5 Things You Need to Know When Your Child with Special Needs Turns 18

Without a Guardianship or the proper documents in place, the legal authority to make important decisions on behalf of your child with special needs can be severely limited once he or she becomes a legal adult. Here are 5 things you need to know to prepare for this moment and ultimately safeguard your child’s future:

1. Everything Changes Once Your Child Turns 18

Most of the decisions that are made regarding a child’s  wellbeing are made by a parent up until the age of 18 (the legal age of majority). But, when a  child turns 18, he or she becomes legally responsible to make their own decisions. This is true regardless of the individual’s maturity, level of ability or disability.

2. Balancing Independence and Protection

Parents often struggle with balancing a child with special need’s independence with their own desire to care for them throughout their lives. This is especially so as it pertains to young adults who are high functioning and may be able to work and/or live on their own someday.  Parents need to weigh the pros and cons of their legal options, especially if they seek to find a balance between giving their young adult some independence while preserving their right to stay in control.

3. Power of Attorneys

In very limited situations, if your adult child with special needs is capable of giving informed consent, he or she can sign a Powers of Attorney that grants you the authority to make important decisionson his or her behalf. This is generally done in lieu of filing for a Guardianship for a young adult who is high-functioning and capable of maintaining some level of independence and autonomy. In addition, you will also need a HIPAA release that tells doctors that they have the legal right to discuss your child’s private medical issues with you after he or she has turned 18.

4. You’ll Likely Need to File For a Guardianship

A Guardianship in Virginia is an order granted by the court that declares an adult with special needs to be unable to make decision for themselves.  . As such, the court will then appoint a legal guardian (usually mom and dad) who will have the right to make all personal decisions on their now-adult child’s behalf.  To ensure that there is no lapse in time from when the child becomes a legal adult to when the parent can take over control, parents should start looking into their options for guardianship 6 months  before his or her 18th birthday.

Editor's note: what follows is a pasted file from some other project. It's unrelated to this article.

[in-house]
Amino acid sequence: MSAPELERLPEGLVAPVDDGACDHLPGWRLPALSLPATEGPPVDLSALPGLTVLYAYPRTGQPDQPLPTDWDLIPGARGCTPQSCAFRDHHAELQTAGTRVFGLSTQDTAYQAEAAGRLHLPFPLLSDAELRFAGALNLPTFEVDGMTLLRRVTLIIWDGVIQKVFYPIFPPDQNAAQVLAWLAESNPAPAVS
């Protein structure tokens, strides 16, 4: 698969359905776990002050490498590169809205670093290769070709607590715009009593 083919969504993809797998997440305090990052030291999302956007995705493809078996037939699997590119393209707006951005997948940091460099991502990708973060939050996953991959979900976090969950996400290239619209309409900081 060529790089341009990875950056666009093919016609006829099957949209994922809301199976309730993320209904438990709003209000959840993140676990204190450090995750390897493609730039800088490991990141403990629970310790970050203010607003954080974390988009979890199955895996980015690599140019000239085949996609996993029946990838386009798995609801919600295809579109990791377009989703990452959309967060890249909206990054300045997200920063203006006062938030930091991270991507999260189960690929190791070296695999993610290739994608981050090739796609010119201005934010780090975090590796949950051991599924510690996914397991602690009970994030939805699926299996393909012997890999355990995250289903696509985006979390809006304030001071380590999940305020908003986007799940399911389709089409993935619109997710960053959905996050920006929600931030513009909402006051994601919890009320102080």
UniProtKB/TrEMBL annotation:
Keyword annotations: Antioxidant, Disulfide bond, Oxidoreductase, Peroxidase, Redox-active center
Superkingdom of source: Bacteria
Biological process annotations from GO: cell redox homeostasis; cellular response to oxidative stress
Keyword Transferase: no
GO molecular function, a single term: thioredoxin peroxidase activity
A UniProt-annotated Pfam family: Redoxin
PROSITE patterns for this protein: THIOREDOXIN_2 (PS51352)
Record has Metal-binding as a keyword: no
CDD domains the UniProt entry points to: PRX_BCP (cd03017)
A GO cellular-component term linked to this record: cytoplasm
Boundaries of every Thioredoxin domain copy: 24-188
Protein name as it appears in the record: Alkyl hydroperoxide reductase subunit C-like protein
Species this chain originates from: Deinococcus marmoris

5. A Special Needs Trust Can Help Protect Assets

A Special Needs Trust is a legal document that can hold assets for your child’s benefit without making him or her ineligible for Medicaid or Supplemental Security Income (SSI). Holding assets in trust this way can help ensure that your child has resources safely set aside for the future, while also appointing a Trustee who can  manage the funds for your child if you are unable to do so..

Again, without proper planning, your ability to care for your child with special needs can become much more difficult after they turn 18. It’s important to consult with an experienced attorney early on for options regarding special needs planning and assistance with this process We invite you to contact the law office of Sheri R. Abrams at (571) 328-5795 to schedule an appointment.

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